The Australian Institute of Petroleum (AIP) in conjunction with petrol manufacturing and importing member companies has decided to remove dye from unleaded petrol and E10.
This change will have no impact on the fuel’s performance or on compliance with federal and state/territory quality standards or other legislation.
The reason for the change is to align with the international practice of not dying petrol. Removing dye from unleaded petrol and E10 will assist AIP member companies and other suppliers that import fuel with the purchase of petrol cargoes from international refineries. Currently around 20 per cent of Australia’s petrol supplies are imported and this proportion is expected to increase in future.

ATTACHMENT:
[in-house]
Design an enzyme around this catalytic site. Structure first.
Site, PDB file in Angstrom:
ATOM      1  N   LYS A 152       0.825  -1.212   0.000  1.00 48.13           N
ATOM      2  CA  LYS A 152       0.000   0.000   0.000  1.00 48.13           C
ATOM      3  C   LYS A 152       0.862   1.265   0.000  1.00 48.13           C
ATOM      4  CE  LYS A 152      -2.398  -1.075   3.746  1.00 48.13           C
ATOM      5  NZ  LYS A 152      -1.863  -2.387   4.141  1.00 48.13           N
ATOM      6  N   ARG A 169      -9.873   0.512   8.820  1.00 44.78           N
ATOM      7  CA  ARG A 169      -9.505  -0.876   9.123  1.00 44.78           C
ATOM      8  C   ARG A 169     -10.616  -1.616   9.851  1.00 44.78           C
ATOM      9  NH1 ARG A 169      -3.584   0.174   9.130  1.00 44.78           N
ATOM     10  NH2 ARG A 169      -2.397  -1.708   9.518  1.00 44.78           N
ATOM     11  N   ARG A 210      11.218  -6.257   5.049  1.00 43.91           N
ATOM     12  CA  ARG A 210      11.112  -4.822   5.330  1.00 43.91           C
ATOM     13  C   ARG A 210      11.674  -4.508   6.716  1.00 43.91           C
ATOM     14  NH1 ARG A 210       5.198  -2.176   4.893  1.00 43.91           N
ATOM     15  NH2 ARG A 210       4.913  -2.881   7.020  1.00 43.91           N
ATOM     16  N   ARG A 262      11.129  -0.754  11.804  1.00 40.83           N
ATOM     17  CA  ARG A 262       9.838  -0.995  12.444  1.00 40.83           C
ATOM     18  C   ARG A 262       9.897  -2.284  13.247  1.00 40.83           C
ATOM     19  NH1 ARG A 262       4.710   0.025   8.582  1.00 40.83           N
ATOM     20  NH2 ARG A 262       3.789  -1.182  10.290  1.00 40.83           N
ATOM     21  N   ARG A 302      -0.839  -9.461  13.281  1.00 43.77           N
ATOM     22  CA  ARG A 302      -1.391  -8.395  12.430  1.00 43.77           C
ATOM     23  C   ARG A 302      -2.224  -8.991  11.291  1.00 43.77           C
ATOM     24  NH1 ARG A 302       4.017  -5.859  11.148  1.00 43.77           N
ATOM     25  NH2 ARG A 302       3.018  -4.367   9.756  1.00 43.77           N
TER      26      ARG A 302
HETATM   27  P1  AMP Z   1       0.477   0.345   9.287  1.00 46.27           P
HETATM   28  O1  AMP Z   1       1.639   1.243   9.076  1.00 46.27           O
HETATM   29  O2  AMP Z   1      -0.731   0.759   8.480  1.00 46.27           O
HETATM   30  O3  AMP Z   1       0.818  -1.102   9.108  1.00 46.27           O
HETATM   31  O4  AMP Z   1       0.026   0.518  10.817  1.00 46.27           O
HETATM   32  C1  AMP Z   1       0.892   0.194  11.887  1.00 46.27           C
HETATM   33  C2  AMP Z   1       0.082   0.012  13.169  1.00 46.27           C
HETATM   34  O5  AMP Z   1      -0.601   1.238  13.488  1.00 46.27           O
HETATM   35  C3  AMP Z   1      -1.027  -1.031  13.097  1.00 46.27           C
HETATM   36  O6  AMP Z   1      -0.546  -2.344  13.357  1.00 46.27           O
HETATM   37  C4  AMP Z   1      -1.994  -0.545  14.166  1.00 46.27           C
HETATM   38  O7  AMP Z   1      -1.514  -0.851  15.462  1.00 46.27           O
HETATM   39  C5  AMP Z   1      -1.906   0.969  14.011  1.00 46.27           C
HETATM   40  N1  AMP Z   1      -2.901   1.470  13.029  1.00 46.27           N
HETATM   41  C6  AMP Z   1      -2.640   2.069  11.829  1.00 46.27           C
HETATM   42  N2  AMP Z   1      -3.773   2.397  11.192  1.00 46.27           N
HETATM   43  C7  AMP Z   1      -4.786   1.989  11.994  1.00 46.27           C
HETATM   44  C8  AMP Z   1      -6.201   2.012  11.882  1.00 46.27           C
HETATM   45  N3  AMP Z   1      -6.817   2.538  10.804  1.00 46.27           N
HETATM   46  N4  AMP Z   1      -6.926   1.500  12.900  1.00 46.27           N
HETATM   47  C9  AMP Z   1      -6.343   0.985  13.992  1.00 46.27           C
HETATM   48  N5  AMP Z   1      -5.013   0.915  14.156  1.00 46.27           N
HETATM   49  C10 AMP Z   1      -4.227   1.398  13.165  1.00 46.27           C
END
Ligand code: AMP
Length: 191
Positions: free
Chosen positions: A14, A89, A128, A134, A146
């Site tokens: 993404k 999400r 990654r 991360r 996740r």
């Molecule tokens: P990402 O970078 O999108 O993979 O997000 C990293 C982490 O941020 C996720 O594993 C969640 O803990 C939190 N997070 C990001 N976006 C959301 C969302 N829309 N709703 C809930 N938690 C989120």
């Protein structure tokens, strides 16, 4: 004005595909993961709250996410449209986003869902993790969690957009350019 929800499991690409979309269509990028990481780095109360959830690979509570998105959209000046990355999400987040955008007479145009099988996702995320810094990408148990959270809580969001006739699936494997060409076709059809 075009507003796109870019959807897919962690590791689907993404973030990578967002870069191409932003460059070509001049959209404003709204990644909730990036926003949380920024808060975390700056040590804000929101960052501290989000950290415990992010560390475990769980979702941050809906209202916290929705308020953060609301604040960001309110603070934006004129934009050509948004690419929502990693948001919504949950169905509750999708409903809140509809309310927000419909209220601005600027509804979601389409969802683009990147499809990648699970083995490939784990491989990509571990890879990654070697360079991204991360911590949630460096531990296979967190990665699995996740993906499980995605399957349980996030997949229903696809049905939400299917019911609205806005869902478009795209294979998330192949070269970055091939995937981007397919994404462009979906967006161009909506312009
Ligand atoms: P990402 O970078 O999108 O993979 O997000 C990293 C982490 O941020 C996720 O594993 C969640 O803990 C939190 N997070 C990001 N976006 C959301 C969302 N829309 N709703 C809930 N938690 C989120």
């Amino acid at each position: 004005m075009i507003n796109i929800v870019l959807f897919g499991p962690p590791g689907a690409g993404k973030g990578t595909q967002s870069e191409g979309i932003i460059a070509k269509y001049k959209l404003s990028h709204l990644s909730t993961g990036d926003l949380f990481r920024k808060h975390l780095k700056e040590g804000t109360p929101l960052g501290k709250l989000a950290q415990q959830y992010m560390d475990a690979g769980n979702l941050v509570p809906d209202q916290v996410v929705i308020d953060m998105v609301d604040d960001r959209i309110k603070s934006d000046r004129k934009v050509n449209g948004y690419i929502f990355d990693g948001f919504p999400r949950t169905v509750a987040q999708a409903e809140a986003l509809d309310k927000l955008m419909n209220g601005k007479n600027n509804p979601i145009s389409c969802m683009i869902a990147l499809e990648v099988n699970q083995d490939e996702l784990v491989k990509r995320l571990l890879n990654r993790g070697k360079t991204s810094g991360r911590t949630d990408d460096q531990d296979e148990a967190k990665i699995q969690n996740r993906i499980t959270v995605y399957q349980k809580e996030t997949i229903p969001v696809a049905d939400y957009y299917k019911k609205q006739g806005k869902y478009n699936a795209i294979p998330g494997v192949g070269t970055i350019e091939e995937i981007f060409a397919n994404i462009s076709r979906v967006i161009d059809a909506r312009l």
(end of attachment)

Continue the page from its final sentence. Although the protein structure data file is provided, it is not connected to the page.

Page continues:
Historically, dye has been added to petrol to assist workers in the petroleum industry to quickly identify different petrol grades when handling fuels in the supply and distribution process. The introduction of new equipment and procedures means that relying on colour is no longer required.
The change to undyed unleaded petrol and E10 will begin on October 1 and the AIP anticipates that the transition will take up to 12 months, during which both dyed and undyed unleaded petrol and E10 may be seen in the market.
Unleaded petrol and E10 are dyed a red/orange colour. With the removal of dye, these will appear pale yellow to mid yellow. This will be similar to premium unleaded fuel and diesel, which are also undyed.